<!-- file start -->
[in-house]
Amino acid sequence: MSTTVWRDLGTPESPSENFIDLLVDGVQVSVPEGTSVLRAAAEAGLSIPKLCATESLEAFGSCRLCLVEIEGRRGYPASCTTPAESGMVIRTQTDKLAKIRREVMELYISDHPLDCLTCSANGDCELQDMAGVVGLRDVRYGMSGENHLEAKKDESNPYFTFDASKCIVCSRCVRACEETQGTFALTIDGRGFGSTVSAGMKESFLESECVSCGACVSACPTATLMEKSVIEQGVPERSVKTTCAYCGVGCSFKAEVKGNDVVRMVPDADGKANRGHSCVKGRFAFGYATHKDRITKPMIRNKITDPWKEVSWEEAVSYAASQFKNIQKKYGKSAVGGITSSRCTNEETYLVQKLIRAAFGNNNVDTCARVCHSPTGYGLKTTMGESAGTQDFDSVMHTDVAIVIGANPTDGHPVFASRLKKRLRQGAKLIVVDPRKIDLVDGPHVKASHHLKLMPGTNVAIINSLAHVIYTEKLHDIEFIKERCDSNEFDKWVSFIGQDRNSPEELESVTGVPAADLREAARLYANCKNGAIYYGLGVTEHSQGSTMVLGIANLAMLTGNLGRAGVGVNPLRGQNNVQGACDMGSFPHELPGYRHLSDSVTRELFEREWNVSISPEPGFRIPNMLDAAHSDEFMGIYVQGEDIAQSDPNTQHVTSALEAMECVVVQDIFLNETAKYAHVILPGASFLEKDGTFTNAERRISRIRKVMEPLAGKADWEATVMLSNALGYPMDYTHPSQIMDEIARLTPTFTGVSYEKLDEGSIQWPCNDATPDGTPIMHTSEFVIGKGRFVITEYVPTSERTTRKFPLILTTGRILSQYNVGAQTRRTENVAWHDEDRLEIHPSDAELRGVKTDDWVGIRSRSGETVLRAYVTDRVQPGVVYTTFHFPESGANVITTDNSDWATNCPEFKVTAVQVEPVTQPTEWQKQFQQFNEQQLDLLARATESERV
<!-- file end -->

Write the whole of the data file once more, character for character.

[in-house]
Amino acid sequence: MSTTVWRDLGTPESPSENFIDLLVDGVQVSVPEGTSVLRAAAEAGLSIPKLCATESLEAFGSCRLCLVEIEGRRGYPASCTTPAESGMVIRTQTDKLAKIRREVMELYISDHPLDCLTCSANGDCELQDMAGVVGLRDVRYGMSGENHLEAKKDESNPYFTFDASKCIVCSRCVRACEETQGTFALTIDGRGFGSTVSAGMKESFLESECVSCGACVSACPTATLMEKSVIEQGVPERSVKTTCAYCGVGCSFKAEVKGNDVVRMVPDADGKANRGHSCVKGRFAFGYATHKDRITKPMIRNKITDPWKEVSWEEAVSYAASQFKNIQKKYGKSAVGGITSSRCTNEETYLVQKLIRAAFGNNNVDTCARVCHSPTGYGLKTTMGESAGTQDFDSVMHTDVAIVIGANPTDGHPVFASRLKKRLRQGAKLIVVDPRKIDLVDGPHVKASHHLKLMPGTNVAIINSLAHVIYTEKLHDIEFIKERCDSNEFDKWVSFIGQDRNSPEELESVTGVPAADLREAARLYANCKNGAIYYGLGVTEHSQGSTMVLGIANLAMLTGNLGRAGVGVNPLRGQNNVQGACDMGSFPHELPGYRHLSDSVTRELFEREWNVSISPEPGFRIPNMLDAAHSDEFMGIYVQGEDIAQSDPNTQHVTSALEAMECVVVQDIFLNETAKYAHVILPGASFLEKDGTFTNAERRISRIRKVMEPLAGKADWEATVMLSNALGYPMDYTHPSQIMDEIARLTPTFTGVSYEKLDEGSIQWPCNDATPDGTPIMHTSEFVIGKGRFVITEYVPTSERTTRKFPLILTTGRILSQYNVGAQTRRTENVAWHDEDRLEIHPSDAELRGVKTDDWVGIRSRSGETVLRAYVTDRVQPGVVYTTFHFPESGANVITTDNSDWATNCPEFKVTAVQVEPVTQPTEWQKQFQQFNEQQLDLLARATESERV